Movies everyone should see in their lifetime


Three years ago, I began, in the study hall of my middle school cafeteria, to draft a list. I titled it “Movies EVERYONE Should See In Their Lifetime.” I wanted everyone to fall in love with the movies I had, so I began to add all of my favorite movies to this small, half-a-google doc list. I started taking suggestions, and looking at today’s list, I could still tell which movies were suggested by whom. This list became somewhat of my legacy. My friends quiz me on my claims that I know quotes from “every movie on the list” (which is only somewhat true), people I’ve barely even met already know about my list, and my Instagram polls get pretty heated when I claim Ethan Hunt is way better than James Bond. The natural next step was to share it with everyone, right? Every week, I go through a different movie that managed to make a list that now strains to stay one one page. What I liked, what I didn’t, where you can watch: you have found the movie you’ve been looking for, and it won’t take you a lifetime to see it.

A River Runs Through It
Year: 1992
Genre: Adaptation/Drama
Rating: PG
Rotten Tomatoes Score: 80%
Awards: Academy Award, best cinematography

This stunner set in the Montana wild country illustrates the life of two brothers, minister’s sons. They grow up together, Norman (Craig Sheffer) practical and smart, and Paul (Brad Pitt) outgoing and sociable. The brothers and their father love to fly fish in their small town, and much of the film revolves around activity. As Norman and Paul grow up, they face obstacles, Norman going away from home to college, and Paul growing in both rebellion and temper. This true-story drama is based on a book by Norman Maclean himself, and the movie was directed by Robert Redford. Phillipe Rousselot won the Oscar for the incredible cinematography, and the film was acclaimed for its idyllic setting and overall beauty.

What I liked: A River Runs Through It is a gorgeous, sentimental film. The iconic scenery will take your breath away, and the direction clearly takes advantage of Montana’s natural beauty. The story itself is very simple, and yet when the credits began to roll, I felt as if I had watched a great epic. Tom Skerrit as Reverend Maclean presents the perfect contemplative father character to spar with Brad Pitt as Paul Maclean’s fiery, rebellious nature. The metaphor of fly fishing is as beautiful as the movie itself; I knew nothing about the sport, but the poetic narrator incorporated it enough to move me nonetheless. It’s very nostalgic, and will quietly sweep you away through its meandering reverence.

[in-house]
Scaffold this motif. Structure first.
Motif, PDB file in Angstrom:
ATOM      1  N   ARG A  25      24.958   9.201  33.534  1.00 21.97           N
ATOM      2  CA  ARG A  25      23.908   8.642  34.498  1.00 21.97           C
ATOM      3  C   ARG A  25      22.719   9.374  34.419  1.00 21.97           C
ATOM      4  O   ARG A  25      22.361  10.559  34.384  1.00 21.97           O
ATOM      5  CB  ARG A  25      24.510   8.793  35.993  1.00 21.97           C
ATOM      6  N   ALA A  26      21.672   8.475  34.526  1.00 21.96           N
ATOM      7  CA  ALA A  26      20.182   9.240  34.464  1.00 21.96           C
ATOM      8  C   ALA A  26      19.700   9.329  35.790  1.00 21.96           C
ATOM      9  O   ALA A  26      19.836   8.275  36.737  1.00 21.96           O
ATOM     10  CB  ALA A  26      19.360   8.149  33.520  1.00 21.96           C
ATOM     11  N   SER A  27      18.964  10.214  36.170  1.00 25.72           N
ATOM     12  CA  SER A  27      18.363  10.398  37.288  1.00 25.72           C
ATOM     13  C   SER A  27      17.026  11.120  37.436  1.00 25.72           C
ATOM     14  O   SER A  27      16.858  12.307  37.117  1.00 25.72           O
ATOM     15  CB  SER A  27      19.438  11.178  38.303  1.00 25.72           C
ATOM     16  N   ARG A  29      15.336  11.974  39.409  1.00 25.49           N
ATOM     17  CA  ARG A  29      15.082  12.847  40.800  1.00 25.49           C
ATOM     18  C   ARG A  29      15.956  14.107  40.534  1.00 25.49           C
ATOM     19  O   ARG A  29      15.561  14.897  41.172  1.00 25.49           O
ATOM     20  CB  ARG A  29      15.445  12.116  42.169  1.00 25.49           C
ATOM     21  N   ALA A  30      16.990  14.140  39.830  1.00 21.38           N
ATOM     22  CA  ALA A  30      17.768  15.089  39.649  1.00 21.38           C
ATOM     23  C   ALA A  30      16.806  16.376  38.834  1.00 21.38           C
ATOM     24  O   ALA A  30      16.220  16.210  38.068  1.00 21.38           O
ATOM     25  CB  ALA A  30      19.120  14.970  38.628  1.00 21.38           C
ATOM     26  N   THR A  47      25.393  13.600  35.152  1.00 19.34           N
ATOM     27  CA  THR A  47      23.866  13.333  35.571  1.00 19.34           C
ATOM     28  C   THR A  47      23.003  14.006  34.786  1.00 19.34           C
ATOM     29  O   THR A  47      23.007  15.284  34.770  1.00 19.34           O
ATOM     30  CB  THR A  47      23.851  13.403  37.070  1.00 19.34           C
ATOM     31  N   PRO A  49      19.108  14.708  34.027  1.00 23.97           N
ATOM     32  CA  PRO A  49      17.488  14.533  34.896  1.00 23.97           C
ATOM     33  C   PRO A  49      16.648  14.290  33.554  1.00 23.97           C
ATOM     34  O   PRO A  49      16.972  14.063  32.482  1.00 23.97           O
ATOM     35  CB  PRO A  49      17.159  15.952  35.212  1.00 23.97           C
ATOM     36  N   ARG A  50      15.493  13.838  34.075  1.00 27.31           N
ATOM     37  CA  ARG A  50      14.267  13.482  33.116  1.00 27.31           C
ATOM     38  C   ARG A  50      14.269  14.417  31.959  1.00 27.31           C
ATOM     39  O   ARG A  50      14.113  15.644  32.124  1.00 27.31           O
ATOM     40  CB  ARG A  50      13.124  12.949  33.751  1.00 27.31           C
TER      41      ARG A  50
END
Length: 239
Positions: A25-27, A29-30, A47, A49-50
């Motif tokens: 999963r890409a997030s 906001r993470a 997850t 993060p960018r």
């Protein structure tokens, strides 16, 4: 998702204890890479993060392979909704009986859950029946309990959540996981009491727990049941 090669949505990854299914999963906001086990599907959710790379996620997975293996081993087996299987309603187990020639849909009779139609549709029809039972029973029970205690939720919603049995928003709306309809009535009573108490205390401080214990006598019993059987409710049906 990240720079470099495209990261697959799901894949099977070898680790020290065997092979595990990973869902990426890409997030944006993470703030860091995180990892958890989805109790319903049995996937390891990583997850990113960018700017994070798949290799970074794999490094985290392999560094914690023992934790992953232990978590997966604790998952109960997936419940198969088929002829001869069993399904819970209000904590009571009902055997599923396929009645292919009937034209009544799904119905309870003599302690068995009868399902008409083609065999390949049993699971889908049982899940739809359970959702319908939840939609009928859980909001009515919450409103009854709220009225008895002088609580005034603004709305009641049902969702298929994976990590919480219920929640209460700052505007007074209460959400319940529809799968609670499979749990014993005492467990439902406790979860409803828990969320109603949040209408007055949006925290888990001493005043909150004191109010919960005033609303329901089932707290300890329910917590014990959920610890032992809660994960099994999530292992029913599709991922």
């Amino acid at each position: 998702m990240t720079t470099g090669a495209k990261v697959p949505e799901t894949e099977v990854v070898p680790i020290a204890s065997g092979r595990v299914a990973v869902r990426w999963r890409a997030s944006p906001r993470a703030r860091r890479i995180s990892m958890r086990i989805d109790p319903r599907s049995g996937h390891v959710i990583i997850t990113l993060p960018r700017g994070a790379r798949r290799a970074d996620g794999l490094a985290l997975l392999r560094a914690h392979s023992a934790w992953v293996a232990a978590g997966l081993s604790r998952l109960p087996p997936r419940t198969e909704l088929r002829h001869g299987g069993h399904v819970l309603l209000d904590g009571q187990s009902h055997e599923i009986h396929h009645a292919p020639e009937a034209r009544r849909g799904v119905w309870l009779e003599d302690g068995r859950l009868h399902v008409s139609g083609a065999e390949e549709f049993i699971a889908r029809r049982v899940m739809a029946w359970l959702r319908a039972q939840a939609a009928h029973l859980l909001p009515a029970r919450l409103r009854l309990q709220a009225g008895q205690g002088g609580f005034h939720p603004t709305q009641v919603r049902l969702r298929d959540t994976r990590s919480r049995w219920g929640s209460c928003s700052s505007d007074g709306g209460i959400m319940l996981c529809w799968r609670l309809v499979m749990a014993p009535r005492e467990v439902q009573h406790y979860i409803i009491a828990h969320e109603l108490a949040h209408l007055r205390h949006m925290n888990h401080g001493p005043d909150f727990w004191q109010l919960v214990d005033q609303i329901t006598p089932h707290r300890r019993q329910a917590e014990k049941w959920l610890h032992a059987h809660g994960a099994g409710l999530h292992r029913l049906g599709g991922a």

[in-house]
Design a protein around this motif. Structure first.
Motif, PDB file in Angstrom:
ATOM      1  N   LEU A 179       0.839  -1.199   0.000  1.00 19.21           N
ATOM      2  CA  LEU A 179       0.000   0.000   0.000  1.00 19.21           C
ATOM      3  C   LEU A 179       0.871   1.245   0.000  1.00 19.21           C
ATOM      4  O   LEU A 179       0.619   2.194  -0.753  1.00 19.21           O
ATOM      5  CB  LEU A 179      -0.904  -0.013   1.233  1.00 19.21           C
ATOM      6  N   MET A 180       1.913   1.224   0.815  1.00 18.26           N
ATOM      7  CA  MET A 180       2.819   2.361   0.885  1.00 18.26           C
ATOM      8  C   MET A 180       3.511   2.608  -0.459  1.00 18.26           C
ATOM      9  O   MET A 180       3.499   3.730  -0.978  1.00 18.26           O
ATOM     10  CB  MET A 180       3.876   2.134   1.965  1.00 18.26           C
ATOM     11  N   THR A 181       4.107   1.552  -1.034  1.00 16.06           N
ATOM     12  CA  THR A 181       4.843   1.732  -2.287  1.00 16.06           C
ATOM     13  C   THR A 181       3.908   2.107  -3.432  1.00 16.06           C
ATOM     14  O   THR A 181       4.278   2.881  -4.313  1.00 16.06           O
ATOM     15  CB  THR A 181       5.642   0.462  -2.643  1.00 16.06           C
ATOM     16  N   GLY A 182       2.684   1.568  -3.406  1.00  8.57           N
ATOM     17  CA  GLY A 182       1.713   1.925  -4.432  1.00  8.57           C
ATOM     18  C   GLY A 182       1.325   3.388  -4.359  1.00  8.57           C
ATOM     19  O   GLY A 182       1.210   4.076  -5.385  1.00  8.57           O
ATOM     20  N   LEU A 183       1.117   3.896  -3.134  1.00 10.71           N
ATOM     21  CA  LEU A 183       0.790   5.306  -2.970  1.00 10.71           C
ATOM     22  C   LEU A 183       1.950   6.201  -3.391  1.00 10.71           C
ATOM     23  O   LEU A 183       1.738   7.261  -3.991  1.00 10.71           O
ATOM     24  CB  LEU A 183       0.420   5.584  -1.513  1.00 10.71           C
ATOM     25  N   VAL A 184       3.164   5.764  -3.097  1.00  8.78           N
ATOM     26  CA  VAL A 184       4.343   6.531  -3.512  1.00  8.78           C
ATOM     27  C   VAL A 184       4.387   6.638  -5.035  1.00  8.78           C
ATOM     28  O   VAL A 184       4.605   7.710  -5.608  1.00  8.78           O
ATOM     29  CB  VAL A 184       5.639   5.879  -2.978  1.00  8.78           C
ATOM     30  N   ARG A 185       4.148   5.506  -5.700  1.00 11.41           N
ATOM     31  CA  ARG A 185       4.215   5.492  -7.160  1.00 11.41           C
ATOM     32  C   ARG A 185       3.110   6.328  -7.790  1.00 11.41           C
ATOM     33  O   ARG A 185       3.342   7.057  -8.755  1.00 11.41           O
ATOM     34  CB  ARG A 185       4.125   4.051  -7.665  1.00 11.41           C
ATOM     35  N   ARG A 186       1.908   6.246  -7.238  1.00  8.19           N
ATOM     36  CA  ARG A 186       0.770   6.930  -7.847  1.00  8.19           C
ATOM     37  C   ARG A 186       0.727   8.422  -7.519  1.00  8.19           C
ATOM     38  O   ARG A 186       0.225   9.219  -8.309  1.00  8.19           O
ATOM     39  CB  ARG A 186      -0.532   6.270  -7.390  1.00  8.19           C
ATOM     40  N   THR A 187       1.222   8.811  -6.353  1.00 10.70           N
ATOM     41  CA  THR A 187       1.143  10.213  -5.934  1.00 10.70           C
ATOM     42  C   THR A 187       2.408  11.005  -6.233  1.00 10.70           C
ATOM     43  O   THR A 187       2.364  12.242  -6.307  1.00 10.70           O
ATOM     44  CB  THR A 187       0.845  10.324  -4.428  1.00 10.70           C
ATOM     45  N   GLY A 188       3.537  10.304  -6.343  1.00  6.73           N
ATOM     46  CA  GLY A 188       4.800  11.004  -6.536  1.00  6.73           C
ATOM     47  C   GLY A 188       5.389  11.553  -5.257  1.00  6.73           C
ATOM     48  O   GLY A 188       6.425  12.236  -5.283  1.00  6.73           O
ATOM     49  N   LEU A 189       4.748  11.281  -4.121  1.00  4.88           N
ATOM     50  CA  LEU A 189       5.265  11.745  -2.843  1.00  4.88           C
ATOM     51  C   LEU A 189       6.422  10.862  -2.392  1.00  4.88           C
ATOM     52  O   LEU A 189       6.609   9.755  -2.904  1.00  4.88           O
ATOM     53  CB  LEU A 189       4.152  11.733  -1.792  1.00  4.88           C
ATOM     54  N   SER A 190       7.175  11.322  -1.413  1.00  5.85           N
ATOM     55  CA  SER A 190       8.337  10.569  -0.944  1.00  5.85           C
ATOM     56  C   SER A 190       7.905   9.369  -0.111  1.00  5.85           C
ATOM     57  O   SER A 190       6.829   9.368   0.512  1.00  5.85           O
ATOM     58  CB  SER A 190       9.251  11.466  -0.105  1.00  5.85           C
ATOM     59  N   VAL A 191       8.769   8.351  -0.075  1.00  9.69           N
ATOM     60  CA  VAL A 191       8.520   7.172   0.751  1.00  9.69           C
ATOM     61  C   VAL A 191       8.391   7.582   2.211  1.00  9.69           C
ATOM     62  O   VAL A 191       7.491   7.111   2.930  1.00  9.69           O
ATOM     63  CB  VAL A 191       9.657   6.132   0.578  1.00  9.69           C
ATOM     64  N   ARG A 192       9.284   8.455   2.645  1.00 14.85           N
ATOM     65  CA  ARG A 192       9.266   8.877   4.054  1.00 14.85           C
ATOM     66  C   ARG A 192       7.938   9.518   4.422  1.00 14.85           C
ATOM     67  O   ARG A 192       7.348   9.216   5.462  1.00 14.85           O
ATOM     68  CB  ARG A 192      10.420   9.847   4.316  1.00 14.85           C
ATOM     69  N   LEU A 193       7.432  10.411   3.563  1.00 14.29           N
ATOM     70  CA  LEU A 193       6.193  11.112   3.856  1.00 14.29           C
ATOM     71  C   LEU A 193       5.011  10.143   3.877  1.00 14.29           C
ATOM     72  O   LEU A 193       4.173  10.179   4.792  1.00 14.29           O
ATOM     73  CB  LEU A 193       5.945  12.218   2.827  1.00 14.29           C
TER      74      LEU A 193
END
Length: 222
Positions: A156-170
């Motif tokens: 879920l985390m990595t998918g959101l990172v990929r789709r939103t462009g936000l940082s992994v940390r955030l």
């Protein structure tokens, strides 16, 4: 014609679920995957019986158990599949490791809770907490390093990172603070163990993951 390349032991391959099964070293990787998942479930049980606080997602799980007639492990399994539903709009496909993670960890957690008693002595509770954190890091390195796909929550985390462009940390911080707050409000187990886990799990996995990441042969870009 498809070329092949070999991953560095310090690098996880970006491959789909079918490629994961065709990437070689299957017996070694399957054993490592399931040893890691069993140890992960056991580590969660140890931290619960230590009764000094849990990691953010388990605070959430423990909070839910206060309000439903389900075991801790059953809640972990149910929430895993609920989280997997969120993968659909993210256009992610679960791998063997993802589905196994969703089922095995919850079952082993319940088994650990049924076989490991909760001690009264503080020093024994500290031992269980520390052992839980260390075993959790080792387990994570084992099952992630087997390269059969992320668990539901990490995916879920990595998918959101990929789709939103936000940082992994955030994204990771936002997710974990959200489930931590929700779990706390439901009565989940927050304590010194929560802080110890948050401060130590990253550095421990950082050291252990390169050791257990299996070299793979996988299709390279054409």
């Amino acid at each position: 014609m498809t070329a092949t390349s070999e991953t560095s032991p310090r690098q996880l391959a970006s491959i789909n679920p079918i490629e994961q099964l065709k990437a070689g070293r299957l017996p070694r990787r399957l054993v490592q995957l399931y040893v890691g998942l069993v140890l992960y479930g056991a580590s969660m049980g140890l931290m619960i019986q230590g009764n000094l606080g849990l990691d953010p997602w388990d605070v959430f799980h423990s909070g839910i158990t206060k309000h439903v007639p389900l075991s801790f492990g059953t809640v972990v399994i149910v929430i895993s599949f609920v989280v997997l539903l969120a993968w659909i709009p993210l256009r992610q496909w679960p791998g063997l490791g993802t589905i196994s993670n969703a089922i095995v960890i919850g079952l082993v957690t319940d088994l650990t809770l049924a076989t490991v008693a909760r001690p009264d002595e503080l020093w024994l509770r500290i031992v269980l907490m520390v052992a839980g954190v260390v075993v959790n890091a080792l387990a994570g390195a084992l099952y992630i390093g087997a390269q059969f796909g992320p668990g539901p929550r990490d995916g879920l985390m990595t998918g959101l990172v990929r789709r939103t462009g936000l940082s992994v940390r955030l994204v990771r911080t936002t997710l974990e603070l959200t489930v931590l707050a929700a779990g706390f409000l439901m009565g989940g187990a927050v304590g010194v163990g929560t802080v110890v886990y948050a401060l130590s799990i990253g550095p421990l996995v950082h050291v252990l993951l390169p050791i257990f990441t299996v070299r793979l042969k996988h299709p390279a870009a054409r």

What I didn’t like: It’s somewhat boring. While Brad Pitt and the cinematography steal the show, it’s not necessarily enough to carry the film, especially if you are looking for something exciting. The movie is understated to be sure, and sometimes it takes a couple views to understand the underlying meanings. It runs slowly along, and much of the two hours it lasts is spent simply chewing scenery. There’s something about it that feels detached, and that could be because Redford worked hard to keep it as close to the original novel as possible.

Conclusion: I have conflicting feelings about A River Runs Through It. Most of the film I spend wondering why I ever liked it. However, at the end, as all the loose ends tie and everything comes together, it becomes quite beautiful. The best way to describe this movie, I think, would be understated. It sneaks up on you with idyllic scenery and simple acting, but when taken all together, it’s deeply moving and powerful. It’s best for a weekend morning with family, especially when you’re in a contemplative mood. This film is available on Amazon Prime starting at $2.99.

Check back next week for the Academy Awards best picture series!

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